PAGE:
Published November 16, 2020
A materials scientist focuses his efforts on harnessing renewable sources of power, especially solar.
Dunbar P. Birnie III’s scholarship and textbook development have influenced research and teaching in the field of ceramic engineering nationally and internationally. He is a faculty member in the Department of Materials Science and Engineering in the School of Engineering at Rutgers University–New Brunswick.
Birnie’s core research focuses on renewable energy, particularly at the cutting edge of solar, battery, and related technologies. He also encourages and promotes innovation at Rutgers and in the region. He led a team of Rutgers innovators to win a $500,000 National Science Foundation grant to create a five-year I-Corps Site that will help accelerate student and faculty teams’ efforts to commercialize their ideas.
Much of Birnie’s work looks at materials for solar power collection and expanding the use of solar power, both in buildings and for charging batteries in hybrid electric vehicles. One project involves testing the hardware installation of a solar panel for generating power that will enable cars to travel farther with fewer recharging stops. Another NSF-funded project is examining how microstructure enhancements may improve lithium battery performance for electric vehicles.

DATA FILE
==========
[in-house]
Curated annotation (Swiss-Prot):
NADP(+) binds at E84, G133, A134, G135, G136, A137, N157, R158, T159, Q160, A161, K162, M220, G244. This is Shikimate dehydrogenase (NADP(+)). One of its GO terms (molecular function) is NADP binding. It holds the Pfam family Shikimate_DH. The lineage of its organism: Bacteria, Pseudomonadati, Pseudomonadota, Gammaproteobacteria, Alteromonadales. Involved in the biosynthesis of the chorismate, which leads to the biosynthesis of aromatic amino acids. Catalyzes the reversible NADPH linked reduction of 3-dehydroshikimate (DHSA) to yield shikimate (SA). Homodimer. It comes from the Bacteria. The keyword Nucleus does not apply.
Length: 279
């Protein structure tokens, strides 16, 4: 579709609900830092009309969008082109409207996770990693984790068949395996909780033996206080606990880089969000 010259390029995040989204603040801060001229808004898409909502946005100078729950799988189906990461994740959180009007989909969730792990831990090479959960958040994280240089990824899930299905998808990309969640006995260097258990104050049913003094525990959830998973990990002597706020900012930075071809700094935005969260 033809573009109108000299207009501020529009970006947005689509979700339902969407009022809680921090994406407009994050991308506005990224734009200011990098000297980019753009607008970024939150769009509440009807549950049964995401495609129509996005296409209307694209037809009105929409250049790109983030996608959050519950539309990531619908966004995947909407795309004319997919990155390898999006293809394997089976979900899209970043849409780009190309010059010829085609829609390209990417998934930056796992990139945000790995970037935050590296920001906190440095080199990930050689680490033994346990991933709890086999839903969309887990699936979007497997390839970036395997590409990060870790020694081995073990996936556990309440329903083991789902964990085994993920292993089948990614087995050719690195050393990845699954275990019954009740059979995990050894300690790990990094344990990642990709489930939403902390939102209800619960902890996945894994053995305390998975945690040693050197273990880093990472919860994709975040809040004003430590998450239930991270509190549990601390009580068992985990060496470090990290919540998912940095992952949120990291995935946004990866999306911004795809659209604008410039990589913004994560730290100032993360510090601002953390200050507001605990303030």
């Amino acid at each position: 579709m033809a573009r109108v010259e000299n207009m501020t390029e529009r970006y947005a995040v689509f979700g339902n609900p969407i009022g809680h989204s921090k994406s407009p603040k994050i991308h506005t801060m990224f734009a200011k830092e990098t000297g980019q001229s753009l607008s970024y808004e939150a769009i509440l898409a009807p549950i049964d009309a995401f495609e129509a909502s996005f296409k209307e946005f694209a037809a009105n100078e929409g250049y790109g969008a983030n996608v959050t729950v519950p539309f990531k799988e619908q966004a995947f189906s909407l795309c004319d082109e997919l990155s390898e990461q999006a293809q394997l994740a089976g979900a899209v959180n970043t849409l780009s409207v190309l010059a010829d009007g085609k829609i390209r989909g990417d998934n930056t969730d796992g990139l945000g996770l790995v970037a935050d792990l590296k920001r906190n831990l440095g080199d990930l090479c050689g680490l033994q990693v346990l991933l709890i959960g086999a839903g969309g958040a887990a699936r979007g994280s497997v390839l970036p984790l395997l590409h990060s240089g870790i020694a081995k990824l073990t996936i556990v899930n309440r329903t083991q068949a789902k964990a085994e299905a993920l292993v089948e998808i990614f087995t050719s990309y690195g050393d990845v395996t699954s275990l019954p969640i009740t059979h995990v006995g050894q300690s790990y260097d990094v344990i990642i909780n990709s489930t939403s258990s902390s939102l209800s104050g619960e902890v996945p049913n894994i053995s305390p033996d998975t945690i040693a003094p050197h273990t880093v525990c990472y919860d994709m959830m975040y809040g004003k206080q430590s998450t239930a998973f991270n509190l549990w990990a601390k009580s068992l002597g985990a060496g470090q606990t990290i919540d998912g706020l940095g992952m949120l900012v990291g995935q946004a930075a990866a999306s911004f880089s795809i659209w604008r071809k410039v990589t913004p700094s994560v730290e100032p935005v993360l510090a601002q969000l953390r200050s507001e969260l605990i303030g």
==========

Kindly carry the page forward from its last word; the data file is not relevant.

Birnie teaches courses on solar cell design and processing, electrochemical materials and devices, and ceramics, all with an emphasis on encouraging student innovation and involvement. His strategic outreach efforts include showcasing the department’s achievements in innovation, promoting sustainability on campus, and serving on the oversight board of the Honors College at Rutgers–New Brunswick.
The chair Birnie holds honors McLaren, a professor and chair of Rutgers’ Department of Ceramic Engineering for 25 years and an internationally recognized leader in the field. It was created with funding from Corning Incorporated and Saint-Gobain Advanced Materials Corporation.
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